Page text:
4) Celebrate your natural athleticism.  Think about all the ways it feels good to move around, and then do them.  Keep skating.  (I don’t mean “skating through things untouched”, I mean “strap blades to the bottom of your feet and hit the ice”.)  Try martial arts.  When things break or wear out or stop working for whatever reason…and they will…you’re going to have to kick your ass hard at the gym to start getting it back.  Defend against that inevitable future and embrace your inner jock.

5) Keep writing.  Write like your life depends on it.  Write like it’s your life preserver.  In a lot of ways, it is.

And a bonus!

6) You’re right to trust your instincts about that hairdresser.  When you walk into Supercuts and they assign you a hairdresser that causes you to instinctively recoil?  Walk away.  Or else, accept that you’re going to have a boy-haircut and will have to spike it for the next few months and will be that weird girl with the spiky hair, until it grows in enough to not be a boy-haircut anymore.

Advertisements

8 responses to Five Things I’d Tell the Teen Me

  1. Burton C. Bell

    You have Oppositional Defiance Disorder?… Honestly… I don’t see it…:)
    Great advice for people of any age, too bad that the only people that would never listen would be our teenage selves…. damn me to hell for my stubborn and obstinate attitude.

    I also believe in ghosts… I have experienced a couple… I am with you on that sister…

    Like

    • beyondpaisley – Author

      You know, Burt, I call you killer ’cause you slay me. You don’t see it indeed… 😀

      Smart money would be on me not listening. But you know…given the opportunity and access to a time machine… *shrug* Though really, if I had a time machine I doubt I’d dash off to visit me in high school…perhaps that’s another blog in the making. I smell an idea!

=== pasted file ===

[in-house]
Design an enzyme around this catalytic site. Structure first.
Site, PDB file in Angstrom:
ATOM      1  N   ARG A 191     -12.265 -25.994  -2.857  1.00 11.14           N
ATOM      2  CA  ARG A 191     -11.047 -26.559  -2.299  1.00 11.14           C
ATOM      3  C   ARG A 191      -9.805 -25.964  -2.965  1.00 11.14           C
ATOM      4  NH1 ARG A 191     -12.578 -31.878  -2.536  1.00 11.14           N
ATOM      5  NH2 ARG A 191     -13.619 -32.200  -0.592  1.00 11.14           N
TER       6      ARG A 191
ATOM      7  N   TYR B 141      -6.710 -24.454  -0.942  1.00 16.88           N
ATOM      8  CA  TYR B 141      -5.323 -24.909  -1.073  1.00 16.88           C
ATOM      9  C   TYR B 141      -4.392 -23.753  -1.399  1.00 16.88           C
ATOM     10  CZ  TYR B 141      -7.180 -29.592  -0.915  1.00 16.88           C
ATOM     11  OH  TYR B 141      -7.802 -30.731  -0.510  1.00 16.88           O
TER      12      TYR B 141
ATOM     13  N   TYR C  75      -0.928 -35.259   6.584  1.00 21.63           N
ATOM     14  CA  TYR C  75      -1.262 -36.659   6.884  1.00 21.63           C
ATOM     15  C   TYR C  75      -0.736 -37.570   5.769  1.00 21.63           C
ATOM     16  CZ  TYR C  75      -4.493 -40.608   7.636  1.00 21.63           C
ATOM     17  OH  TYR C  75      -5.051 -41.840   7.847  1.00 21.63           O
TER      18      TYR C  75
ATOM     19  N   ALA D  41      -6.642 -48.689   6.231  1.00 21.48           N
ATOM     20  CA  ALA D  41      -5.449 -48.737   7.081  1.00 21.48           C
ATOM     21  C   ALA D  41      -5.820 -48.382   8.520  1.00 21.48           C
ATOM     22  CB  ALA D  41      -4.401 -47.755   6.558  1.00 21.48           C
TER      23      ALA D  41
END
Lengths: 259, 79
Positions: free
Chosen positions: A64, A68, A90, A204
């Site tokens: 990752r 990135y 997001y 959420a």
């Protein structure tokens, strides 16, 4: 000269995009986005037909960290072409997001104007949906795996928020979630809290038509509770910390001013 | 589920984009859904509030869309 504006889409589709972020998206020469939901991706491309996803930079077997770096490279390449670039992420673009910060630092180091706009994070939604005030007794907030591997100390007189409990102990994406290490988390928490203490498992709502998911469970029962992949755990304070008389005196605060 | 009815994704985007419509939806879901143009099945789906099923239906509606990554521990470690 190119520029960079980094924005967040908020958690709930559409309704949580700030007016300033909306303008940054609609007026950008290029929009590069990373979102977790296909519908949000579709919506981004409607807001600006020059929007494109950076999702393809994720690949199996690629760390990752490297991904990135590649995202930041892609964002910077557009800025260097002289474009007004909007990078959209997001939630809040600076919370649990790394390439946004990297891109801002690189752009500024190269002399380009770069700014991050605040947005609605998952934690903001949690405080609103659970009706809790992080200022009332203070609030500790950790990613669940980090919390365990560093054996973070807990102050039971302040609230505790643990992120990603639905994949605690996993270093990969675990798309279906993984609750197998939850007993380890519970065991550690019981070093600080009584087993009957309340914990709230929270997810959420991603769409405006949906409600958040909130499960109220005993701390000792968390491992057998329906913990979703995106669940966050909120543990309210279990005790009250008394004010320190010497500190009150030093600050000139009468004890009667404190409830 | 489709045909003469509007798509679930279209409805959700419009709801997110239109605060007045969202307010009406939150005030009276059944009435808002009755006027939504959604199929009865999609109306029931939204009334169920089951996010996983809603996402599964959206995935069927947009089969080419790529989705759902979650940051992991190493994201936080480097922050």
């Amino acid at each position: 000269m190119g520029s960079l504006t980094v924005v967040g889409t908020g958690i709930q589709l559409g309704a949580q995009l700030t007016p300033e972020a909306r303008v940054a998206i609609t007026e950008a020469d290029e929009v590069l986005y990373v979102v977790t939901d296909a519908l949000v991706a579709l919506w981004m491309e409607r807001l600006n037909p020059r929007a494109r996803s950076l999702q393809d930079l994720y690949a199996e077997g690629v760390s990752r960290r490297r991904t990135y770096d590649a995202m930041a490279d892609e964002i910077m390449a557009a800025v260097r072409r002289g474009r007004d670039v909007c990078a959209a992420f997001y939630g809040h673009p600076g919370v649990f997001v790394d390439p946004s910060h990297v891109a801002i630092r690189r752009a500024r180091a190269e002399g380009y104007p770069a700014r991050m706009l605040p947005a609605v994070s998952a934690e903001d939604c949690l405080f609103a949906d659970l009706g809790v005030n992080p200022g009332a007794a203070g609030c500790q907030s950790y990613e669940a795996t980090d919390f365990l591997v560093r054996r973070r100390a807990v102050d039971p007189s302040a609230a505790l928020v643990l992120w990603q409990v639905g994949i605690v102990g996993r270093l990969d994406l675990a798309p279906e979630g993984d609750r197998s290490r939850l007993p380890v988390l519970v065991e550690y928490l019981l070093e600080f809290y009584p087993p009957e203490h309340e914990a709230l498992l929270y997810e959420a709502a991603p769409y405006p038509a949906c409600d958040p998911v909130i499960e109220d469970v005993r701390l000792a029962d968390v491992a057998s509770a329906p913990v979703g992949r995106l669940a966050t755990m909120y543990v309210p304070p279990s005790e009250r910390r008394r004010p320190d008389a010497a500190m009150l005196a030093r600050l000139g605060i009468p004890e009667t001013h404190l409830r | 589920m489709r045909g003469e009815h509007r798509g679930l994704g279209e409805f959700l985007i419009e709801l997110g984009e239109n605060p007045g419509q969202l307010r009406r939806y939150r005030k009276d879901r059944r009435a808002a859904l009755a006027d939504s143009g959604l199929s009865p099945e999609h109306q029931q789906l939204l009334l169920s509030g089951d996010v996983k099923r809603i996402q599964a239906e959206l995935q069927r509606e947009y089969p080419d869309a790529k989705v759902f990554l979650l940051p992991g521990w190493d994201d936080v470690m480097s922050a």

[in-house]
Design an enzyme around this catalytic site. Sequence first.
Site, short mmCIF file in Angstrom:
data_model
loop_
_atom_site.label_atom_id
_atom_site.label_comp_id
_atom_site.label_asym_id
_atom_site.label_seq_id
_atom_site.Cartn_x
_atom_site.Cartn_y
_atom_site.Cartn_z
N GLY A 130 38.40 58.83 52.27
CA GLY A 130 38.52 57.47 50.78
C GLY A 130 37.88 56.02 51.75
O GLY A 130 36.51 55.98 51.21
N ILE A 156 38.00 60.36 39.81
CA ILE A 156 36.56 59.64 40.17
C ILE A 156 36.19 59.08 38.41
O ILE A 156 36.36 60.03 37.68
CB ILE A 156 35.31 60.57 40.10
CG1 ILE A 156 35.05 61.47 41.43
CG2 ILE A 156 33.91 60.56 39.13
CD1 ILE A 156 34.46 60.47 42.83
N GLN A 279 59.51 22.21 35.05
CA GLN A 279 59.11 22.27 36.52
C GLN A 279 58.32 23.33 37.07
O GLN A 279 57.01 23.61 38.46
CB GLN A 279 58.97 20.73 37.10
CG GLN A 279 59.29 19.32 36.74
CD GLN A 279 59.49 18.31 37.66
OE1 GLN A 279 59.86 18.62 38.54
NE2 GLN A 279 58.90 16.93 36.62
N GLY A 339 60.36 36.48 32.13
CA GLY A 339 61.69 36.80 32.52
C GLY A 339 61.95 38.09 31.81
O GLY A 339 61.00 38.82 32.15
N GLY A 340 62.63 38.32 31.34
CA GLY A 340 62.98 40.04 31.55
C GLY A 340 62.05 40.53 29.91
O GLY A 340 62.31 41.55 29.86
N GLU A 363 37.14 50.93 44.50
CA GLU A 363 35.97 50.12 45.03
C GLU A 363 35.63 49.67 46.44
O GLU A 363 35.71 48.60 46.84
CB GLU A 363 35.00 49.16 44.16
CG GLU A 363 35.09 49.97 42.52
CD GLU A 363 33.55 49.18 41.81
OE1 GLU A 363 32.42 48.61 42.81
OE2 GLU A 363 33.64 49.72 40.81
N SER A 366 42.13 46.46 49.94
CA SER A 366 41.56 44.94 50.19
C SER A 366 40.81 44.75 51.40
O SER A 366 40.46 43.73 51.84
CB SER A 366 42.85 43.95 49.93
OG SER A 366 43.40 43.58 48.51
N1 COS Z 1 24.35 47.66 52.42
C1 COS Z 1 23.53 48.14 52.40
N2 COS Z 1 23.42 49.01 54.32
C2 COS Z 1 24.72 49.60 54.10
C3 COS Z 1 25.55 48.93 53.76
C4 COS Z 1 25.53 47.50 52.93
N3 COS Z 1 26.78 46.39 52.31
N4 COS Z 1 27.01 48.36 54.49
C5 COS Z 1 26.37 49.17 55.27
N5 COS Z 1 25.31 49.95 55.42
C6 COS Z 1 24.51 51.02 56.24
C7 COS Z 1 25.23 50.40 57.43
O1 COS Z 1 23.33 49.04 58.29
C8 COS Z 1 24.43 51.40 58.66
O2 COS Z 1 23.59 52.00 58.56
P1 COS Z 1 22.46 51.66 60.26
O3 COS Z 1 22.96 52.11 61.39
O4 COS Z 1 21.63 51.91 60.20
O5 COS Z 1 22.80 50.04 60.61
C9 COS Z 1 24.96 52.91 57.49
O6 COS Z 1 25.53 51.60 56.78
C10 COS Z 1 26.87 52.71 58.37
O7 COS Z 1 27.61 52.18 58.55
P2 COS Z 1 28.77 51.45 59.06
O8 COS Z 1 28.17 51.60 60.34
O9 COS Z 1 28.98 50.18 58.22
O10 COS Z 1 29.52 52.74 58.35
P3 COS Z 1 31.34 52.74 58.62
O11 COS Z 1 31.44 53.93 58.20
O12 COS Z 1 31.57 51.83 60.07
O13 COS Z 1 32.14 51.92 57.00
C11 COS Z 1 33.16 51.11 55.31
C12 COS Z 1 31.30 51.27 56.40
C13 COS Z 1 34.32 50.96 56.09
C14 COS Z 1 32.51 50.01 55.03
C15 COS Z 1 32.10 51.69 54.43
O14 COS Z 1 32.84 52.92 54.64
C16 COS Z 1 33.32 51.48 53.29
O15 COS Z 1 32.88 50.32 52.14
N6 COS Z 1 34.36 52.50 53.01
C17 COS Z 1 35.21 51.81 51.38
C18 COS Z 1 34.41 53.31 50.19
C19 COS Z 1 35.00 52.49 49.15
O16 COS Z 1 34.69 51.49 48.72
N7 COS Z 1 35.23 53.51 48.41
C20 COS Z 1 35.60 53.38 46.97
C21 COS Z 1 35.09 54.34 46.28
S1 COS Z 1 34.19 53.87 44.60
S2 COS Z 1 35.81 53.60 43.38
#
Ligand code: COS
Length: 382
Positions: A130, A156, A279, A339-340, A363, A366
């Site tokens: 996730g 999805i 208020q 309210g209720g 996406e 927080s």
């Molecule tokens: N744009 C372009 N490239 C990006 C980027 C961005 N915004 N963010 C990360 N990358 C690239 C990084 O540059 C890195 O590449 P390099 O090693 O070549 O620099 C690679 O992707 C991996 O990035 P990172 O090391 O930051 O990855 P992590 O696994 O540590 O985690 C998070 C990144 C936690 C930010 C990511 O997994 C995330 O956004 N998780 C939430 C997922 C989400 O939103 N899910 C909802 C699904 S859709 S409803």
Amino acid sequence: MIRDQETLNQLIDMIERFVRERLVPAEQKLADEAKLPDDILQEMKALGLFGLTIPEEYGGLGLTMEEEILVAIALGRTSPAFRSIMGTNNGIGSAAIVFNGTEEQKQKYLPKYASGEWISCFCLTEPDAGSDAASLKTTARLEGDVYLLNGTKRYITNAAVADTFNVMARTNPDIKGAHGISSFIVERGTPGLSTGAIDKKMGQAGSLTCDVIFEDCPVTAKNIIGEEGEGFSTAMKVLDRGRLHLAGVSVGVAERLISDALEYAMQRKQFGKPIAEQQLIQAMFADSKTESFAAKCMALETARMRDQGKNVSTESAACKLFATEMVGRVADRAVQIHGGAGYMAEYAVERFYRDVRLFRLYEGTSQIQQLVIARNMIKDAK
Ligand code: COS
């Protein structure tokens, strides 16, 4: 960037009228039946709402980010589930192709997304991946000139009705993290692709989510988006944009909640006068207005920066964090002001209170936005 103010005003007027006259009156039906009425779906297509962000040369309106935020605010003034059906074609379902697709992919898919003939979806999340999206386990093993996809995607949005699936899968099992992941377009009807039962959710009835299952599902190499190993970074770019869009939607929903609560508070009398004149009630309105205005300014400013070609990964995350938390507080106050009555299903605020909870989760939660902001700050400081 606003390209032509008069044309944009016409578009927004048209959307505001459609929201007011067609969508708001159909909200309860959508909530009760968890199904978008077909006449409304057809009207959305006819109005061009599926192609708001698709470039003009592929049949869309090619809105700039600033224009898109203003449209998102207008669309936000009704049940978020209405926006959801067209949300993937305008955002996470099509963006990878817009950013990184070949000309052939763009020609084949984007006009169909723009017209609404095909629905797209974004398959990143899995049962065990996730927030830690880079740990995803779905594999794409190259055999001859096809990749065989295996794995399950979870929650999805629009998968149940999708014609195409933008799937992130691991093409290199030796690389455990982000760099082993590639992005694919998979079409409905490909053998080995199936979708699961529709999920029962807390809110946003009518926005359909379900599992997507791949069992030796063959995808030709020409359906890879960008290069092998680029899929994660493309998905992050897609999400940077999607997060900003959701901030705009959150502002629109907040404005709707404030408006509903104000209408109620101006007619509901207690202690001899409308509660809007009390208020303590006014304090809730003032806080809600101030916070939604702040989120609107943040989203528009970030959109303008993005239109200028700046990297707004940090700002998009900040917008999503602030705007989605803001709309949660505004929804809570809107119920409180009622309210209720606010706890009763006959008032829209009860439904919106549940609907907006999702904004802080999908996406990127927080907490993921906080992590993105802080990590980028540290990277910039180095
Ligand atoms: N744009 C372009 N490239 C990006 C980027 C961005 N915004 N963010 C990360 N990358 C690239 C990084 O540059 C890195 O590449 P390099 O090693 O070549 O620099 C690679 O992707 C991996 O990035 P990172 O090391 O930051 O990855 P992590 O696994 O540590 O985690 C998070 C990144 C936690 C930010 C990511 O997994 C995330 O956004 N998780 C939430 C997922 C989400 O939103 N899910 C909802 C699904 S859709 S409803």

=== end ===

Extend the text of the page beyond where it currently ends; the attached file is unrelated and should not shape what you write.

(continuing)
Like

  2. Amy

    OK, fine, teens don’t listen. Truth. Therefore thanks for this darn good advice I can record and endlessly loop on speakers in my little kids’ room while they sleep until their learning window slams shut at 13. I will also add “Whoever doesn’t like you ain’t worth a damn” to your list. That’s one I needed to understand a little sooner. Great post!

    Like

    • beyondpaisley – Author

      Well, if they never start smoking you can simply remove that one and insert “Whoever doesn’t like you…” in the smoking slot. And you ain’t kidding how important that one is. Though no matter WHAT, I would make sure I leave the one about following your instincts with a hairdresser. Truth to power.

      Like

Leave a Reply

Fill in your details below or click an icon to log in:

WordPress.com Logo

You are commenting using your WordPress.com account. Log Out / Change )

Twitter picture

You are commenting using your Twitter account. Log Out / Change )

Facebook photo

You are commenting using your Facebook account. Log Out / Change )

Google+ photo

You are commenting using your Google+ account. Log Out / Change )

Connecting to %s